Feasibility studies were being conducted but most of the ideas required more resources than the CTUIR had readily available. The State of Oregon was helping the Tribe by poisoning the Umatilla River for sport fishing interests. More and more dams were being developed on the Columbia. Celilo was gone. New fishing sites needed to be constructed "In Lieu" of sites inundated by the dams. There was litigation and legal proceedings in the Indian Claims process.

A watchdog group of Tribal members known as "the Progressives" started meeting and discussing BOT management issues such as the McNary debacle and concerned about the BOT's future plans. The Progressives wanted to know how the leaders were going to address unemployment, housing, and future investments of the Tribes.

Around this time the CTUIR the BIA and the General Contractors Association began a training program on the south Reservation. The project was to create a dam on Jennings Creek on the lands restored to the Tribes. The intention was to create potential recreation development and an opportunity that would train Indian people and allow them to gain experience to go further in construction if they wanted. The lake was successfully completed and was dedicated to the Cayuse leader Hum-tipin who's band had lived in Walla Walla, Washington. This was small but needed success for the Reservation Community.

A turning point for the CTUIR was the final results and decisions of the CTUIR's claims heard before the Indian Claims Commission. The decisions addressed issues of aboriginal use and lands controlled, claimed, and compensated for by the Treaty negotiations.

The CTUIR had only been compensated for approximately 4.5 million acres as part of the 1855 Treaty Negotiations. The CTUIR Claim maintained that they in fact ceded 6.4 million acres. The country included lands in the John Day River Valley and lands in the Powder River Drainage. The CTUIR settled on the Claim and were compensated.

The Board of Trustees Program Planning Committee adopted a preliminary plan for the development of the Reservation's human and natural resources in September 1967. At the same time, issue groups were meeting on and off the reservation. Some of them had intentions of lobbying against the Board of Trustees' plan in favor of full per capita payments. Some were meeting to support plans for the reservation development and partial per capita payments.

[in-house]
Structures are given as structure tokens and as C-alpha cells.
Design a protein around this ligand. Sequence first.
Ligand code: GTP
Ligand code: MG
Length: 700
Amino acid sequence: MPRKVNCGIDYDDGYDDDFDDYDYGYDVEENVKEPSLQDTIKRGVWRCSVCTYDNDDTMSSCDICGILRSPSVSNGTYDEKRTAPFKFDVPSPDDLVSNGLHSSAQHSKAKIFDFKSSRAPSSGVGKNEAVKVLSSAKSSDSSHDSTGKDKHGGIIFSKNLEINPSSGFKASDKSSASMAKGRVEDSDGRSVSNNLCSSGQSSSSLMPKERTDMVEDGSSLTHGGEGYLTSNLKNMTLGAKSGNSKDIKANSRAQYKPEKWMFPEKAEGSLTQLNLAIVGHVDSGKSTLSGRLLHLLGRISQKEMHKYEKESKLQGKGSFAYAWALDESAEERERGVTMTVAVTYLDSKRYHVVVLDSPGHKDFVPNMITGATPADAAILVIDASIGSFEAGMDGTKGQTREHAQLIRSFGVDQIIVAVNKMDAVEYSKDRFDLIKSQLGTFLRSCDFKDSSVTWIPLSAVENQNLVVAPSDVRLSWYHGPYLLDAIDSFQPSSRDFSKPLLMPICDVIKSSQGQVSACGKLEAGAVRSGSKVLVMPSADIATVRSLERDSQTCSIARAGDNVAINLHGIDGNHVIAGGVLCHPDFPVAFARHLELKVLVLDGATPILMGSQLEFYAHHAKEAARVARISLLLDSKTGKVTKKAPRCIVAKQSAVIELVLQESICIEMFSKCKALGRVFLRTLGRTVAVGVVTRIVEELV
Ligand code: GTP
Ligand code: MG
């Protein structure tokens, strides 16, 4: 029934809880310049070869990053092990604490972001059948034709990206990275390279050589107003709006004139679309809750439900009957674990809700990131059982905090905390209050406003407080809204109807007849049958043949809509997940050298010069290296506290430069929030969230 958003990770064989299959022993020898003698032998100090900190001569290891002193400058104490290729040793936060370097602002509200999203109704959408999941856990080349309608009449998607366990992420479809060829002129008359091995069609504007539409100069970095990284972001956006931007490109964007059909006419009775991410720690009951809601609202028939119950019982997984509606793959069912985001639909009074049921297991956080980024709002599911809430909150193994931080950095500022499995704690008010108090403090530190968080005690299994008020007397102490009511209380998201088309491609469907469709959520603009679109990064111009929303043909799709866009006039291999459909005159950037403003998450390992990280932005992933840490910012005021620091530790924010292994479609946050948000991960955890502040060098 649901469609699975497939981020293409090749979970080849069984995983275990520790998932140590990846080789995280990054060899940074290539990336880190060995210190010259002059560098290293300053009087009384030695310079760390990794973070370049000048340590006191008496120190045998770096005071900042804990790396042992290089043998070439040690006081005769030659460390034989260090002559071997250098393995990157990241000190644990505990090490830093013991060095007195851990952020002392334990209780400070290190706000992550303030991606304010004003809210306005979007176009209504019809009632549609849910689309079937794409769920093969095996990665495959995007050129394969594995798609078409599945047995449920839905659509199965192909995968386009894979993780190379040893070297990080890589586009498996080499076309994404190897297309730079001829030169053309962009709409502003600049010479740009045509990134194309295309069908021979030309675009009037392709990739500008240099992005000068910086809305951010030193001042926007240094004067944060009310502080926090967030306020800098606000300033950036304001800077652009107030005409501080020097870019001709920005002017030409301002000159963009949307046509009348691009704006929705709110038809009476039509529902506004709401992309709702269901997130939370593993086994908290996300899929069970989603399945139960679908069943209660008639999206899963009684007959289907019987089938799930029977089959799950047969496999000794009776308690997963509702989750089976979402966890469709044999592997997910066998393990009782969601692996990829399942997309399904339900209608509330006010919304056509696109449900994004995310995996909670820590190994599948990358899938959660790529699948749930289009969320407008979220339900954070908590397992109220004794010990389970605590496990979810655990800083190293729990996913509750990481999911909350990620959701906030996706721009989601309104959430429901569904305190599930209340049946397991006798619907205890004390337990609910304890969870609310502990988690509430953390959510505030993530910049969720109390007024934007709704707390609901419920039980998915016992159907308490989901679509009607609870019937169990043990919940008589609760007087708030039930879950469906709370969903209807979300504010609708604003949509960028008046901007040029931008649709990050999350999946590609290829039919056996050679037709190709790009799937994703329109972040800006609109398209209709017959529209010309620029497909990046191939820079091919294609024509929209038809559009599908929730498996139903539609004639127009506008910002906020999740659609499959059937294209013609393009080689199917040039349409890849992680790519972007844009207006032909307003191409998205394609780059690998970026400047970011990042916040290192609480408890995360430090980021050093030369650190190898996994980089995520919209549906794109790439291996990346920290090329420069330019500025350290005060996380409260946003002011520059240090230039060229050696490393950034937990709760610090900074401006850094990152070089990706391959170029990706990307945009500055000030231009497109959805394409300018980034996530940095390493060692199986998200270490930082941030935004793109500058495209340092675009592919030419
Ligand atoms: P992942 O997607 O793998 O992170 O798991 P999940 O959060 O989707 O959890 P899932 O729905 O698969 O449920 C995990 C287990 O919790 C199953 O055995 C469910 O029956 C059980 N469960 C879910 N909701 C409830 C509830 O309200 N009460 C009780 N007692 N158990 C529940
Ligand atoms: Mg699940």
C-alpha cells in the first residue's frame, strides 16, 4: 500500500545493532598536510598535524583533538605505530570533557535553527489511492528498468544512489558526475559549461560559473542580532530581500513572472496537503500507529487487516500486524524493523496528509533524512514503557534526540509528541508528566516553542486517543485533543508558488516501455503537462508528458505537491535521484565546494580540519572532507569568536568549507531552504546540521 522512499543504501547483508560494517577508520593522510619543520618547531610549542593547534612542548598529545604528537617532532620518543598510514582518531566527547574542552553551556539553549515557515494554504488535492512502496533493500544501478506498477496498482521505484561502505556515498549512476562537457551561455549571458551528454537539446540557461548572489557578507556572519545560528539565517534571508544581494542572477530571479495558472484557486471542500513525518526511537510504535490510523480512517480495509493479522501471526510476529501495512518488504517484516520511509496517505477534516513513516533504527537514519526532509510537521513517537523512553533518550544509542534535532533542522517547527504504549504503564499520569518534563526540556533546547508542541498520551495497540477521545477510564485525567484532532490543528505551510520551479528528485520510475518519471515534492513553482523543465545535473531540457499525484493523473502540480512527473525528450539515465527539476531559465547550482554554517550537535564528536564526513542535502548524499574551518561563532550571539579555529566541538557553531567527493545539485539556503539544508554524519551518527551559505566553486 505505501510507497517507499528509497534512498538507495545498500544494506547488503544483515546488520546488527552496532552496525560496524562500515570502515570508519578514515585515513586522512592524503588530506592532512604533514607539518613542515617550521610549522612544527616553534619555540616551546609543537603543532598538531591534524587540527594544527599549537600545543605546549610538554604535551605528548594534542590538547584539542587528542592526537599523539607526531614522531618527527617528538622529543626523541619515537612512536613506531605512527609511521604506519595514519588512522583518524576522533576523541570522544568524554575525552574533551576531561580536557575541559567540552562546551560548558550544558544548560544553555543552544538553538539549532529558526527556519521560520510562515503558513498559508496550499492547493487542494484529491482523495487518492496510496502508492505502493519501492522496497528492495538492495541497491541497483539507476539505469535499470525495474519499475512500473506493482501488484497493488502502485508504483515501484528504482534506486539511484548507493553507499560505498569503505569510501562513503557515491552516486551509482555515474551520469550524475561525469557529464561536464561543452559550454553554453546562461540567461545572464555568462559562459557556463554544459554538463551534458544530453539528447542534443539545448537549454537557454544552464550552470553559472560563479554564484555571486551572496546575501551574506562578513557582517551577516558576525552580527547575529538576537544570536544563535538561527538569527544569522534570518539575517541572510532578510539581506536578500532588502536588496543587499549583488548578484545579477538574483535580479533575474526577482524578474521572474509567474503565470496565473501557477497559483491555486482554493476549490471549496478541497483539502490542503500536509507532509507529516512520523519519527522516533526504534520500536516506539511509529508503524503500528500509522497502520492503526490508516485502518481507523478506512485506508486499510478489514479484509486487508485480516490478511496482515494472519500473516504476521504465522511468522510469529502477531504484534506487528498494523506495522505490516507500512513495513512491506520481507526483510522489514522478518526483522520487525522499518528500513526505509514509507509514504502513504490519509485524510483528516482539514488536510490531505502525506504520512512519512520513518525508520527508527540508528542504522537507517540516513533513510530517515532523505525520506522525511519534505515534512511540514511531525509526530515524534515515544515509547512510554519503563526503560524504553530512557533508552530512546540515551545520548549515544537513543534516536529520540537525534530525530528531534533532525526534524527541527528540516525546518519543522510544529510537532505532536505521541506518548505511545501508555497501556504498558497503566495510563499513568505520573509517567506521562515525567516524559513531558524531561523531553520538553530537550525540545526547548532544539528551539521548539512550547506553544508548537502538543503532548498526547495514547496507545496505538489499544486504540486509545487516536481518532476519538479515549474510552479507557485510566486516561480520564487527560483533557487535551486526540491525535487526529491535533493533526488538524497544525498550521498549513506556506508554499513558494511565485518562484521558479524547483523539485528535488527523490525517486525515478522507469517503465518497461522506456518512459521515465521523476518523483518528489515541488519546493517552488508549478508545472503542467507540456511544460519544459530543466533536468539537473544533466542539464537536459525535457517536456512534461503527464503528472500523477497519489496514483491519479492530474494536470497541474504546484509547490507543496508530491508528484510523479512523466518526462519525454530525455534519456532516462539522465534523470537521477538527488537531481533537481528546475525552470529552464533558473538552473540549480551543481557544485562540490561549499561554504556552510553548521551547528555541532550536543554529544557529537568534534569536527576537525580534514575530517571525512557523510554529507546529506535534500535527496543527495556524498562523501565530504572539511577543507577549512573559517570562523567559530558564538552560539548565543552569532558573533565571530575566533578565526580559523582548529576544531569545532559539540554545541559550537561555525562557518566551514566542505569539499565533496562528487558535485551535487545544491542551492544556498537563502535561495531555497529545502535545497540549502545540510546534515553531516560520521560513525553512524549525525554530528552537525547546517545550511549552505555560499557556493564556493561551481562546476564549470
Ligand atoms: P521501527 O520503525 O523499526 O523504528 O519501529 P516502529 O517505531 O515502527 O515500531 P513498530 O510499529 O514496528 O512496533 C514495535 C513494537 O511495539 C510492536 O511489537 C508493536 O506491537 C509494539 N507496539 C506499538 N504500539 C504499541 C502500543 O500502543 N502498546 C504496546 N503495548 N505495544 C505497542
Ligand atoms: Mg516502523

On December 11, 1967, and March 30, 1968, Tribal members attended General Council meetings and overwhelmingly voted for the abandonment of the previous Board's programming plans and partial per capita payments. In August of 1968, a recall of the Board of Trustees occurred because the majority of the board members were in favor of programming the judgment funds. The majority of the new Board of Trustees proposed full per capita payments with the exception of $200,000 reserved for scholarships.

On October 29, 1969, a hearing was held before the Sub-Committee on Indian Affairs. As a result of the hearings, in which both sides of the controversy were heard, the sub-committee requested a referendum vote on disbursement of the funds.

On November 29, 1969, one month after testimony was given to the Interior subcommittee, the General Council voted by referendum on the disbursement of the judgment funds. The General Council voted for the full per capita payments with $200,000 set aside for scholarships. The 1970 per capita payments came in three separate payments.

As for the Board of Trustees, their goal, finally realized, they finally ended up with no tribal staff, and the tribal operating budget was completely exhausted. The General Council meetings, which at one time boasted 200 people per meeting, became inoperative for approximately one year due to a constant lack of quorum.

After 1970, the issues of claims and per capita payments had been settled. Tribal officials elected to office became heavily dependent upon non-elected members of the community for help and assistance since tribal coffers had been completely decimated during the 1968 and 1969 administrations.

In short, the Tribe was broke and completely disorganized. Anti-per capita factions began to pick up the pieces of tribal government which were still left intact. They relied heavily on the Program Planning Committee and Board of Trustees to program grants and contracts from the federal government.

Housing conditions were still poor, the community was swamped with alcoholism, and there were still no fish in the Umatilla River. Many Tribal members had moved as part of the Indian Relocation Program. Children were still being sent to boarding schools to learn trades. Members of the community quickly grasped onto the unfinished business of the 1967 Board of Trustees' Program Planning Committee. Eventually many of the planning committee projects were approved and funded with state and Federal grants.

Meanwhile, the Board of Trustees was attending to other government functions with a small, dedicated and over-worked staff under direction of the tribal executive secretary. Much of the tribal staff's operating budgets were B.I.A. financed contracts.

The damage to the fisheries resources and the many issues that revolve around a competitive fishery industry on the Columbia River led to the members of the CTUIR working with other lower Columbia River tribes. In 1972 the Confederated Tribes and Bands of the Warm springs of Oregon, the Confederated Bands of the Yakama Indian Reservation, the Nez Perce Tribe of Idaho created the Columbia River Intertribal Fish Commission (CRITFC) to deal with major issues on the Columbia River as they affected treaty related fisheries.